Rex Ryan: Salad Antagonist (Now with Author Commentary!)

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dcmissle

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Question for the group: Based on this article, can you imagine Bob Kraft hiring Rex Ryan? Even interviewing him?
 
Or do you think he would run away?
If the Pats had an opening, I don't think they'd let something like this get in the way.

But that's neither here nor there because Rex's strategy seems pretty clear cut and well conceived -- I either get a HC gig I want, or I go into TV. He has been two-tracking this for some time. He's not likely to settle for a coordinator role, much less a consultant role, and won't have to.

I'm still intrigued about the Atlanta opening. By temperament, Rex does not seem to be an Arthur Blank kind of guy, much less the kind of guy that the ex-Pats there gravitate toward. But if he could fix their defense, and does no harm to the offense, Rex could author a pretty quick turnaround there.
 

Super Nomario

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dcmissle said:
I'm still intrigued about the Atlanta opening. By temperament, Rex does not seem to be an Arthur Blank kind of guy, much less the kind of guy that the ex-Pats there gravitate toward. But if he could fix their defense, and does no harm to the offense, Rex could author a pretty quick turnaround there.
How could Rex fix their defense? I still respect RR as a defensive mind, but I don't think any team has less front-seven talent than the Falcons.
 

dcmissle

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How could Rex fix their defense? I still respect RR as a defensive mind, but I don't think any team has less front-seven talent than the Falcons.
And it's not like they have a ton of cap space ... By quick, I don't mean immediate. But if they threw draft resources at the D next year and 2016 too, they might well entrust him to build and coach up a defense.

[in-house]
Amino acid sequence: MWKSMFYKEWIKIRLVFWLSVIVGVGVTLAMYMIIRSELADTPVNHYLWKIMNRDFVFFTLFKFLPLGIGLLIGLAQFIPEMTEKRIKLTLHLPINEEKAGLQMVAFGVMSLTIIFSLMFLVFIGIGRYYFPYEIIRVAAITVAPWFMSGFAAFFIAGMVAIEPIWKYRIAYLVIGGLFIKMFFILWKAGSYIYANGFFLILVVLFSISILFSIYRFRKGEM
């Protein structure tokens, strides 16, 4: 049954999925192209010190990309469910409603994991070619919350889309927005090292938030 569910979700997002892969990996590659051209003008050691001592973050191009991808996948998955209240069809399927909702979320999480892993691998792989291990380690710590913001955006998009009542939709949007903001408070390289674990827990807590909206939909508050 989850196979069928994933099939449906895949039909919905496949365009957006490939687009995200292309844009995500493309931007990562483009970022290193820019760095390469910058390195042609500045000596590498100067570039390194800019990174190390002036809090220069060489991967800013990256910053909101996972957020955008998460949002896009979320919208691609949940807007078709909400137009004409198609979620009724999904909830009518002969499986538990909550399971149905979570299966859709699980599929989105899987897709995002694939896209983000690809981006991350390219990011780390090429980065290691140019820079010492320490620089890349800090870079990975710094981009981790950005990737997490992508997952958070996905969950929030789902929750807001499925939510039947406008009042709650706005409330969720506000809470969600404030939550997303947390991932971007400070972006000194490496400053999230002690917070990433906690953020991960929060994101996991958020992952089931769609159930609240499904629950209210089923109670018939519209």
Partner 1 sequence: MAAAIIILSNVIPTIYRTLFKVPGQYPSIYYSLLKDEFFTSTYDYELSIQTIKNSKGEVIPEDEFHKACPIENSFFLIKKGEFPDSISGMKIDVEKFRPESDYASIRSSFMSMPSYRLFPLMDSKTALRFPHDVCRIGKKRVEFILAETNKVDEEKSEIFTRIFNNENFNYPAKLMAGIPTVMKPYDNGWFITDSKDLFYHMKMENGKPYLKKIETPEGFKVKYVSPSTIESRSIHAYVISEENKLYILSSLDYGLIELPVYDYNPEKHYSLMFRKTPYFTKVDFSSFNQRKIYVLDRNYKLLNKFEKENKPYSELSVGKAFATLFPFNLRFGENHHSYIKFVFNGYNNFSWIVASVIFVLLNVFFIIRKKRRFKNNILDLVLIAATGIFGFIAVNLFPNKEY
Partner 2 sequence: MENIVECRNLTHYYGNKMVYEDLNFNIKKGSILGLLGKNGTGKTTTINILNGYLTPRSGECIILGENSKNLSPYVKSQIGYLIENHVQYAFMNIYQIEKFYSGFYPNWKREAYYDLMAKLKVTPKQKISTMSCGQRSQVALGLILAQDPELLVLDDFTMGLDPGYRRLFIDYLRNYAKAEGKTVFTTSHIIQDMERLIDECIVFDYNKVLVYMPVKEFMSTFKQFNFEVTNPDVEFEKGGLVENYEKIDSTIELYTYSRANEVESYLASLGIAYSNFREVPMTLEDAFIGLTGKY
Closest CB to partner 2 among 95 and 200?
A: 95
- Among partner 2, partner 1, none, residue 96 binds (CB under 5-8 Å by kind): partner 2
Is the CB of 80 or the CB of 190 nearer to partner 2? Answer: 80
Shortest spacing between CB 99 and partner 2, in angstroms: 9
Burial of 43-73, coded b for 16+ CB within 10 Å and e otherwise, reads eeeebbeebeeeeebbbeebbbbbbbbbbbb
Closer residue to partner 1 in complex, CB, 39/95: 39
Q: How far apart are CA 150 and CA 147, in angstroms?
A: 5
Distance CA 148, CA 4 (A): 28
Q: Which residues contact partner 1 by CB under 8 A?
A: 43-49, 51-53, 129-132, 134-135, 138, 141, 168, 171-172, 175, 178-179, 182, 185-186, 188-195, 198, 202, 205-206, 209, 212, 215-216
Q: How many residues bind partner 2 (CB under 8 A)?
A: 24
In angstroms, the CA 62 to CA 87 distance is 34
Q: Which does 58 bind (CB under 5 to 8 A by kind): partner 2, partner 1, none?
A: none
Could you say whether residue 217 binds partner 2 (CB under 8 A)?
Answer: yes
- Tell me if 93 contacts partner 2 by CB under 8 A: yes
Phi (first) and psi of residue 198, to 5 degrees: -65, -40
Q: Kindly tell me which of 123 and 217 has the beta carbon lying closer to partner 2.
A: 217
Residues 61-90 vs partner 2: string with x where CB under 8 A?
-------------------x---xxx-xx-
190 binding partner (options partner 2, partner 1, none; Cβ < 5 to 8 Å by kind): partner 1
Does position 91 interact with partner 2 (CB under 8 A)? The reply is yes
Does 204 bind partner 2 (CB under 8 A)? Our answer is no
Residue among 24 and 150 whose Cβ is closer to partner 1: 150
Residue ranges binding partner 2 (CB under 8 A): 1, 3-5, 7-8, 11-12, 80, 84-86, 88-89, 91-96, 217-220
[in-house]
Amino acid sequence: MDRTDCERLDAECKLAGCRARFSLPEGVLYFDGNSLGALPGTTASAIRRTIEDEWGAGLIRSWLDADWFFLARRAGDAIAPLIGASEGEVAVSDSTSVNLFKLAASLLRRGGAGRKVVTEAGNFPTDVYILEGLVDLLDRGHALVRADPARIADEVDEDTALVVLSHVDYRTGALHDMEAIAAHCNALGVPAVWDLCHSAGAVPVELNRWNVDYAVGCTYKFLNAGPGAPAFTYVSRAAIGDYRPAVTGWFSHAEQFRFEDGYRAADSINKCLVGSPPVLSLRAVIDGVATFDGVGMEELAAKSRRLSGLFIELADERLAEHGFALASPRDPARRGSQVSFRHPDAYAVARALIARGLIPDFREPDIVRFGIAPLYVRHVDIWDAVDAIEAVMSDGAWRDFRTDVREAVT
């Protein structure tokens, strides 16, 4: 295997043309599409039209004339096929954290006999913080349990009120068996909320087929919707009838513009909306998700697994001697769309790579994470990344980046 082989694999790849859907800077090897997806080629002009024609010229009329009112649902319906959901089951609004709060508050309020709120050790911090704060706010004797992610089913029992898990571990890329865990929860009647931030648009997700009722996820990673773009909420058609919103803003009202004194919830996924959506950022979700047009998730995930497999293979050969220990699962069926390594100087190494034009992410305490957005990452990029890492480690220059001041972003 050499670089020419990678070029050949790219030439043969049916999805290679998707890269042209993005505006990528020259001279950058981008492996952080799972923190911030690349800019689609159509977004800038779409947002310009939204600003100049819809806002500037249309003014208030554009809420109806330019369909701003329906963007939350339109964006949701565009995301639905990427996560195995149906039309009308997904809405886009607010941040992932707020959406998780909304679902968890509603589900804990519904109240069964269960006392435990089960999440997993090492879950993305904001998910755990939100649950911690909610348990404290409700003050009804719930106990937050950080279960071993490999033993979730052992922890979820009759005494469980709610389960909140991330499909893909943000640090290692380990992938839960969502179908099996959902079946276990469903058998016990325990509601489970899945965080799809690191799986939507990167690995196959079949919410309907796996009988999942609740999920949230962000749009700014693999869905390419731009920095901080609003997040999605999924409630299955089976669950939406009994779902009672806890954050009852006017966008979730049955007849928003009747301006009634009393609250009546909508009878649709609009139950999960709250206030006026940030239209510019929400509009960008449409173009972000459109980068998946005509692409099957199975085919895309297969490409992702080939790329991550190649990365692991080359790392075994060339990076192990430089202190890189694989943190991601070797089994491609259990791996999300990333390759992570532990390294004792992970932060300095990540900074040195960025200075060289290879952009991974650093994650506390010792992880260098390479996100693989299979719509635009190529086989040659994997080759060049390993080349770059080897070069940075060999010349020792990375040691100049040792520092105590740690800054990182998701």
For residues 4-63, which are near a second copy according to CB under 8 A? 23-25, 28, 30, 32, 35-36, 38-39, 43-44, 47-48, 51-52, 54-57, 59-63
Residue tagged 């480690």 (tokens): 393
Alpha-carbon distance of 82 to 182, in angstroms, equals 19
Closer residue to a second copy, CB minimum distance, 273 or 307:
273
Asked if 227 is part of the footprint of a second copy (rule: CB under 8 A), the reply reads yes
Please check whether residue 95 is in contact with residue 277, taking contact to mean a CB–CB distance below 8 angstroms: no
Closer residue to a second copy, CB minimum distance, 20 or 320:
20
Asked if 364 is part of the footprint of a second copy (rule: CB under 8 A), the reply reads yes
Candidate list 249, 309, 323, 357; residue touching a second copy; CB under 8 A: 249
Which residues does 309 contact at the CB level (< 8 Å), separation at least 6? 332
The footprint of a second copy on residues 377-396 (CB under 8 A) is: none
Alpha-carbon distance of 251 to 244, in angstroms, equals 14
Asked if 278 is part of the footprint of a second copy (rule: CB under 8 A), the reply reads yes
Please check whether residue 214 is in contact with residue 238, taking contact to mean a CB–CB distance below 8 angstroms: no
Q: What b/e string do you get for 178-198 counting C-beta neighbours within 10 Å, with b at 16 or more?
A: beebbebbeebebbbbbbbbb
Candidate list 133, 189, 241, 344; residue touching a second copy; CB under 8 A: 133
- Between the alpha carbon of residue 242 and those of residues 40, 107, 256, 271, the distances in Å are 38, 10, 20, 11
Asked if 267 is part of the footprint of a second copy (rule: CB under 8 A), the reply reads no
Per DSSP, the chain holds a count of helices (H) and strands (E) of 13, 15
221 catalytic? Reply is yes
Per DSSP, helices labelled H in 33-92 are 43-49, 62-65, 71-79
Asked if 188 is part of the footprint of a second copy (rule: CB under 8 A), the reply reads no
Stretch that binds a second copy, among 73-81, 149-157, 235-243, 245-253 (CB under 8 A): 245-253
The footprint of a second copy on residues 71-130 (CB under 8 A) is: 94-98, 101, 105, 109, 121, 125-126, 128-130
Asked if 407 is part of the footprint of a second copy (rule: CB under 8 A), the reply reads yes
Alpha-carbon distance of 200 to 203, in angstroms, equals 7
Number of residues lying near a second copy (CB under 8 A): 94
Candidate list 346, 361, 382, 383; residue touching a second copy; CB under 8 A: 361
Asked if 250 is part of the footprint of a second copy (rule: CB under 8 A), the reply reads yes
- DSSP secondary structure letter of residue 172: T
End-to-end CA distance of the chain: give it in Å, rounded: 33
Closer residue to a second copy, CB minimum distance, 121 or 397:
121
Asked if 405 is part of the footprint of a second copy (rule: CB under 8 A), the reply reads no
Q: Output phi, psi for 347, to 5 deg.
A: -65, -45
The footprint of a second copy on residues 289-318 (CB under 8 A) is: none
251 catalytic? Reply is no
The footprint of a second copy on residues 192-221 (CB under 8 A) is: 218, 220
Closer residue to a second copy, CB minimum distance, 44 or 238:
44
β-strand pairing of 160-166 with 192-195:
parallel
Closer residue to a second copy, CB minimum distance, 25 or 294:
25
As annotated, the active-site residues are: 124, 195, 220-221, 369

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dcmissle said:
And it's not like they have a ton of cap space ... By quick, I don't mean immediate. But if they threw draft resources at the D next year and 2016 too, they might well entrust him to build and coach up a defense.
He has spent how many grocery picks on defense and still didn't have a very good one this year? Not convinced he could build a D from scratch. He inherited Revis and several other pieces that made his defenses outstanding.

Edit: that said he does seem to get the most out of his defensive talent
 

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@mtaibbi Debate going on at SonsOfSamHorn about your Ryan piece: unwarranted praise or evisceration? Can you clarify? http://tinyurl.com/m4gge6o 
 



 
 

 
 








  1. Matt Taibbi ‏@mtaibbi  43m43 minutes ago
    @SoSHCentral Wow. It's neither an evisceration nor a glowing profile. I tried to honestly portray a very funny American character...
     

  2. Matt Taibbi ‏@mtaibbi  42m42 minutes ago
    @SoSHCentral I think I spent a lot of time on both his strengths and his weaknesses. And I never said he shouldn't have been fired...
     

  3. Matt Taibbi ‏@mtaibbi  41m41 minutes ago
    @SoSHCentral Just that Rex and this fan base were perfect for each other, it was a very fun rivalry, and it's too bad it's over.